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5 Ways To Prepare For A Theater Audition

Have an audition coming up and want to be prepared? Here are five ways that you can prep yourself for your theater tryouts!

 

  1. Become familiar with the show. If you don’t already have a good understanding of the show, make sure that you do before your audition. Learn the names and traits of the main characters and become familiar with the plot and major events of the show. This will help you to identify which character(s) you would like to audition for, as well help you to better envision yourself in the show, which can really help with confidence in your actual audition. If the show is a musical, I recommend listening to the soundtrack at least a couple of times before you enter the audition.
  2. Memorize your script. If you were given a script before the audition, really learn it. Break down the character and memorize the lines. If you were given the script before the audition, you are probably expected to have it memorized. However, it is not uncommon for the casting manager or director to not give out scripts before the audition. In this case, most likely you will either do a reading at the audition or be expected to have a monologue to perform. I highly recommend having a prepared monologue memorized that you can use at an audition. This will help you to always feel prepared when you don’t know what to expect or just want something to fall back on in case the audition doesn’t go the way that you planned.
  3. Prepare a song. This applies to musical auditions because non-musical play auditions almost never have you audition with music. When preparing a song, I recommend that you memorize the lyrics and bring piano sheet music with you. Theater songs are usually preferred over other types of music, as audition songs. You should cut the song into just the sixteen measures you would like to perform. Try to pick sixteen measures that have a clear beginning and end within the notes. The exceptions to this would be if you were otherwise instructed on what to do for the vocal audition or you were given a song to memorize, in which case, just make sure you have the lyrics memorized and really know the rhythm of the song.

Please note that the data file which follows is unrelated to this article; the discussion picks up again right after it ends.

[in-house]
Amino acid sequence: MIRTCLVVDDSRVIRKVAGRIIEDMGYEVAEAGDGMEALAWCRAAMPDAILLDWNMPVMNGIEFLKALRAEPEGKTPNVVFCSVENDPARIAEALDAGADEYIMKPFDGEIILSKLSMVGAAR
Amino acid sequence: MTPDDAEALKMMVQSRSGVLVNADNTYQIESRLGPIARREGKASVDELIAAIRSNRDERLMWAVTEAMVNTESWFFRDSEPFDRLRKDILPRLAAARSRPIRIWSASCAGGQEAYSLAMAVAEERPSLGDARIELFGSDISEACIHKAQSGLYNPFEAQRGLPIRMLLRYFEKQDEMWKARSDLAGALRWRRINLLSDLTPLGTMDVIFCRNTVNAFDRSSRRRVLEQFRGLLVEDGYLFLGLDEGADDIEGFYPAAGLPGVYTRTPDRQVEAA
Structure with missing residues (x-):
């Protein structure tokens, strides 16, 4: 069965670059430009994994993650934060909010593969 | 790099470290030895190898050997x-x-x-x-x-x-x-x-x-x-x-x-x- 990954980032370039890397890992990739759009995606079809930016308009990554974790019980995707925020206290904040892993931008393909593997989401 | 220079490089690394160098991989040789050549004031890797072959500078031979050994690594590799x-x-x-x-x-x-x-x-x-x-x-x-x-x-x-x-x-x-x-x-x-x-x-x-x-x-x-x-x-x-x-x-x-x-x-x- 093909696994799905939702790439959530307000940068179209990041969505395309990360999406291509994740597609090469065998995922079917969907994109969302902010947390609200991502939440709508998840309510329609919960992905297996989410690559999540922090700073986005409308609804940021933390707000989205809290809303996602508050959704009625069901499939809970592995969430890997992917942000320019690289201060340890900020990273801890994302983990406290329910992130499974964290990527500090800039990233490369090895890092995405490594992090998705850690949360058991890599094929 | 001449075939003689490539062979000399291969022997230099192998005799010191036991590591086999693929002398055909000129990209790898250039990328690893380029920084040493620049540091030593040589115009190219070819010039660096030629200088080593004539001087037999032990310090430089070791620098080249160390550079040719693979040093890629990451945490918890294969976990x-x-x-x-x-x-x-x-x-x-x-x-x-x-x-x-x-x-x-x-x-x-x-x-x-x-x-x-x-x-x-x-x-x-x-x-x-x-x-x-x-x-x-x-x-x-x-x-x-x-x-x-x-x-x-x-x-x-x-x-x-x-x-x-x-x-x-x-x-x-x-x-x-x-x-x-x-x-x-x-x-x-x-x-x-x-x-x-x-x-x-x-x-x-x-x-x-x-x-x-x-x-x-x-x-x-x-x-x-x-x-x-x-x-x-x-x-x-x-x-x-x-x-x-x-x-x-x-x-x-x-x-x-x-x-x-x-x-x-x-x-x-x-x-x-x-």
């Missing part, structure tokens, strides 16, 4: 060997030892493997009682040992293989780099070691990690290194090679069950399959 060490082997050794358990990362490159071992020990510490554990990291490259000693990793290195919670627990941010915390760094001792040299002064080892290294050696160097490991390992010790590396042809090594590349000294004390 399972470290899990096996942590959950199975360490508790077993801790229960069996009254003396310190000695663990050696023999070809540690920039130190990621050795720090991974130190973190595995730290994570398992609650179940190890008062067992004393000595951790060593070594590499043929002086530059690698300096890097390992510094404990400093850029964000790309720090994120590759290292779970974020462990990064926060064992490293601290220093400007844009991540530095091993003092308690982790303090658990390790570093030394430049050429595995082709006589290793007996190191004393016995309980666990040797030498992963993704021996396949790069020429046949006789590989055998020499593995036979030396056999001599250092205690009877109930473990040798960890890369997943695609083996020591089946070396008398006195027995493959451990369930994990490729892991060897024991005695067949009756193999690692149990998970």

4. Create an acting resume. If you are in a school production (as well as some other more local productions) a resume may not be required, however, it is always a good thing to bring. An acting resume shows that you care about what you are doing and it looks very professional. On this resume, you can include all your past acting experience, any dancing, singing, or acting training (classes or workshops), special skills, your contact information, and a photo and description of yourself. If you don’t have any acting experience yet, you can still create a resume. Feel free to look online for templates and ideas for your resume.
  5. Practice! Practicing will help you to know your lines, as well as how you will present them. This will also help you to feel more confident in your audition. Some great ways to learn your lines are repetition and scene readings with other people. If you have someone to run lines with, go for it. If not, practice them on your own. As cliché as it sounds, practice really will bring you the nearest to perfection that you can get to.

Be confident in yourself and your abilities. Also, always keep in mind that not being cast doesn’t mean you aren’t good at acting or even that your audition didn’t go well. You can’t always fit the part and that’s okay! It is also okay to not have a perfect audition. It is impossible to put on a perfect performance every time. Build yourself up through constructive criticism. You won’t regret it. Now, enjoy your audition and break a leg!

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Written by Megan Jerabek

Megan Jerabek is a student born and raised in Nebraska. She spends most of her free time writing, and enjoys acting and photography.

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